Preventing and Treating Norovirus
Norovirus (“stomach flu”) is one of the most infectious viruses around. It takes fewer than 20 virus particles to infect someone, so each droplet of vomit has enough virus to infect over 100,000 people. In the United States, norovirus causes 21 million illnesses annually, requiring 70,000 hospitalizations, of which 800 result in death.
Surviving a doomsday situation is difficult enough without getting sick. In a harsh environment, good health is critical, so keeping yourself in good shape can save your life.
Why Norovirus is so Contagious
- It’s unusually hardy. Norovisus is known to survive up to 12 hours on clean hard surfaces like a countertop, and up to 12 days on fabrics like carpets and upholstery.
- It has an extremely high rate of infection. It only takes a few viruses to make a person sick.
- It resists disinfectants. Common household cleaners and alcohol-based hand sanitizers have little effect on the virus. The exception is bleach, which does kill the virus.
- It is easily aerosolized. Infected persons vomit, then cough or sneeze, and the virus drifts around in the air, infecting those who breathe it.
Symptoms of Norovirus
- Sudden onset of nausea and vomiting. Projectile vomiting is characteristic.
- Watery diarrhea.
- Some people also have fever, headaches, chills, severe fatigue, and stomach cramps.
The primary complication is dehydration. Symptoms last from one to three days.
Natural Immune Boosters to Prevent Norovirus (and other illnesses)
The key here is to keep your body strong. Even if exposed to the virus, you’ll fight it off better if you’re well fed, well rested, warm, and dry.
- Eat foods rich in vitamin C. Citrus fruits, bell peppers, hot peppers, and leafy greens should be a large part of your diet. By all means, take supplements, but bear in mind that food is better than pills. Top 10 Foods Highest in Vitamin C.
- Eat foods rich in vitamin E. Vegetable oils, whole grains, seeds, and nuts. Vitamin E stimulates production of antioxidants and antibodies. Top 10 Foods Highest in Vitamin E.
- Eat garlic. Garlic is a powerful immune booster; it is antibiotic, antiviral, and anti-inflammatory. I just crush a teaspoonful and chase it with water. To avoid the burps, I then drink a shot of Bragg’s apple cider vinegar and chase that with more water.
- Eat omega-3 fatty acids. These are found in fatty fishes like salmon, mackerel, and tuna. Canned Salmon Comparison. Canned Jack Mackerel Article.
In addition to your diet, here are some other steps you can take to strengthen your immune system.
- Avoid stress. Yeah, I know: doomsday will be stressful. But a lot of stress depends on your state of mind. Focus on what you can be thankful for. Set yourself realistic goals that you can achieve on a daily basis. Take time to build up the morale of your group with comfort foods, games, and even music. Pray.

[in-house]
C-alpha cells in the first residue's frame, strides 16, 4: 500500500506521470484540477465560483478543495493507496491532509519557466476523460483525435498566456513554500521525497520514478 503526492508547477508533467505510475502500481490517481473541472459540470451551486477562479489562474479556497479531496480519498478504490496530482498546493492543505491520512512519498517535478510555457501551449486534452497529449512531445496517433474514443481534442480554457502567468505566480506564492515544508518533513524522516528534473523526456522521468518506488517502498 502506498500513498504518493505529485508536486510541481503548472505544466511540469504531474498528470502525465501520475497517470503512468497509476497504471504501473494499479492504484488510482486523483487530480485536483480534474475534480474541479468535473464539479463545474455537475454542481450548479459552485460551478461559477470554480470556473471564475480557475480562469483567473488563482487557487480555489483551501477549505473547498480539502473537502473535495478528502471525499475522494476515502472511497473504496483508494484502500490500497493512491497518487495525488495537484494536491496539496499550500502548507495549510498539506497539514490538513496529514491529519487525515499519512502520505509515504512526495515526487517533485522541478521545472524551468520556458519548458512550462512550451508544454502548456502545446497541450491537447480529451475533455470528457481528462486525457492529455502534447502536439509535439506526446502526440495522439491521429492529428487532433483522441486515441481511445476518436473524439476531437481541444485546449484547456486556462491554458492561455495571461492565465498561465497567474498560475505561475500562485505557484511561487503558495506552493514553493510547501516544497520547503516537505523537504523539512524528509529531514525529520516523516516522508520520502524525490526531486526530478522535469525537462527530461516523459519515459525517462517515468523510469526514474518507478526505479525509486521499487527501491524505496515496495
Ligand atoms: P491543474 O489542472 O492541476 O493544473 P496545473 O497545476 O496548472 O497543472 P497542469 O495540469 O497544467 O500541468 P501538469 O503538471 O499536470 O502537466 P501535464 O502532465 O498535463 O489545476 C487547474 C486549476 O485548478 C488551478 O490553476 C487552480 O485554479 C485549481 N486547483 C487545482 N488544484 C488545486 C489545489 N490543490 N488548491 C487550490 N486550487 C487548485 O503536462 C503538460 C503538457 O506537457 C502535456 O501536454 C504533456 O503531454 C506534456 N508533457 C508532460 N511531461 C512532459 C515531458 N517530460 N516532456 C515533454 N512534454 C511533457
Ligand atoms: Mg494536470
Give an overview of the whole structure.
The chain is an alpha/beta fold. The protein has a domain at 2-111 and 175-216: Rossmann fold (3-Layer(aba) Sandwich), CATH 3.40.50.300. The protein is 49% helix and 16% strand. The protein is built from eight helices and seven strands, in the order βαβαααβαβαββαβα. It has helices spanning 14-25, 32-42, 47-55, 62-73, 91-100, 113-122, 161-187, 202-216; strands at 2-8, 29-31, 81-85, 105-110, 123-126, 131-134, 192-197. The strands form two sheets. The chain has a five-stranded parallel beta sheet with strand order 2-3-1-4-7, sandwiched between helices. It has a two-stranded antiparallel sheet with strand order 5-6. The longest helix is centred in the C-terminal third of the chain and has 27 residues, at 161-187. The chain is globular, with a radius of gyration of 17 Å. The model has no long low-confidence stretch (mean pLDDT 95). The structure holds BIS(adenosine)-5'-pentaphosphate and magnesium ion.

- Avoid injuries. I’m not talking about a scratch or a bruise. I’m talking about a fall that jars your bones, or a deep cut, or a break, or any heavy blow to the head. These things can cause your body to go into shock. You know that sense of general malaise you feel after a car wreck? That’s what I’m talking about.
- Get plenty of rest. Make it a priority to have a warm, dry, safe shelter for yourself and those in your charge. That way you can sleep soundly.
- Keep warm. Remember when your grandmother told you not to get a chill or you’d catch a cold? Actually, she was right. If you shock your body with a deep cold, you increase your risk of succumbing to illness.
And to avoid contamination from an infected person:
- Wash your hands frequently and thoroughly. This is critical. Disinfectants and hand sanitizers have little effect — you have to wash the virus off your hands with plenty of running water. Use plain soap and lots of rubbing and rinsing. This is far and away the most effective way to clean the virus off your hands.
- Wear a mask. It might seem goofy, but it’s very effective.
- Isolate the patient. If possible, don’t let the sick person share a room or bathroom with others.
- Do not share food or utensils.
Noroviruses don’t respond to antibiotics, so save them for bacterial infections. Antiviral drugs are also ineffective. For otherwise healthy patients the treatment is just to provide comfort until it passes — keep warm, rested, and calm. Prevent dehydration with plenty of bland fluids like water and diluted broth, with a little mineral salt to replace electrolytes. Avoid sugary drinks, which aggravate diarrhea, as well as caffeine and alcohol, which are diuretics.
These procedures should help you avoid norovirus, or survive it if you do get sick.